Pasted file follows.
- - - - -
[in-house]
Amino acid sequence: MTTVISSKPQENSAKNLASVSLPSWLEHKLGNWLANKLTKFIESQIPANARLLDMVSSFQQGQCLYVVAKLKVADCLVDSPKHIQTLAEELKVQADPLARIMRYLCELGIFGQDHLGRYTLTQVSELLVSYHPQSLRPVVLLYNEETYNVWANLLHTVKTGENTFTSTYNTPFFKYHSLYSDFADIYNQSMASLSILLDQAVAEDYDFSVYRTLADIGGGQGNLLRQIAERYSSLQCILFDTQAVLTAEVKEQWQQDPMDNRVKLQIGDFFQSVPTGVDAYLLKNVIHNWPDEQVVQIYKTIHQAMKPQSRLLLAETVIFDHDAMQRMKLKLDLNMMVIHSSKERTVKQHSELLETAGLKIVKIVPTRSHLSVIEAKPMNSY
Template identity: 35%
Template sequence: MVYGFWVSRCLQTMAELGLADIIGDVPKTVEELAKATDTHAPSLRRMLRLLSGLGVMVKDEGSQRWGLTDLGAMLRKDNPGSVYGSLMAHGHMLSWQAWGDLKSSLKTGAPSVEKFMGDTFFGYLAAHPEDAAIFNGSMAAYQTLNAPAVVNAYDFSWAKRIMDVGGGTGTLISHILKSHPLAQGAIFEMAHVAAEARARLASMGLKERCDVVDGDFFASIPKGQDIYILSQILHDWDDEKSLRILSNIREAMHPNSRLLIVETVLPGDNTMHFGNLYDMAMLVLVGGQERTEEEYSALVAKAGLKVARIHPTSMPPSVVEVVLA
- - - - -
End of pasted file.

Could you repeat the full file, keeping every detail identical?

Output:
[in-house]
Amino acid sequence: MTTVISSKPQENSAKNLASVSLPSWLEHKLGNWLANKLTKFIESQIPANARLLDMVSSFQQGQCLYVVAKLKVADCLVDSPKHIQTLAEELKVQADPLARIMRYLCELGIFGQDHLGRYTLTQVSELLVSYHPQSLRPVVLLYNEETYNVWANLLHTVKTGENTFTSTYNTPFFKYHSLYSDFADIYNQSMASLSILLDQAVAEDYDFSVYRTLADIGGGQGNLLRQIAERYSSLQCILFDTQAVLTAEVKEQWQQDPMDNRVKLQIGDFFQSVPTGVDAYLLKNVIHNWPDEQVVQIYKTIHQAMKPQSRLLLAETVIFDHDAMQRMKLKLDLNMMVIHSSKERTVKQHSELLETAGLKIVKIVPTRSHLSVIEAKPMNSY
Template identity: 35%
Template sequence: MVYGFWVSRCLQTMAELGLADIIGDVPKTVEELAKATDTHAPSLRRMLRLLSGLGVMVKDEGSQRWGLTDLGAMLRKDNPGSVYGSLMAHGHMLSWQAWGDLKSSLKTGAPSVEKFMGDTFFGYLAAHPEDAAIFNGSMAAYQTLNAPAVVNAYDFSWAKRIMDVGGGTGTLISHILKSHPLAQGAIFEMAHVAAEARARLASMGLKERCDVVDGDFFASIPKGQDIYILSQILHDWDDEKSLRILSNIREAMHPNSRLLIVETVLPGDNTMHFGNLYDMAMLVLVGGQERTEEEYSALVAKAGLKVARIHPTSMPPSVVEVVLA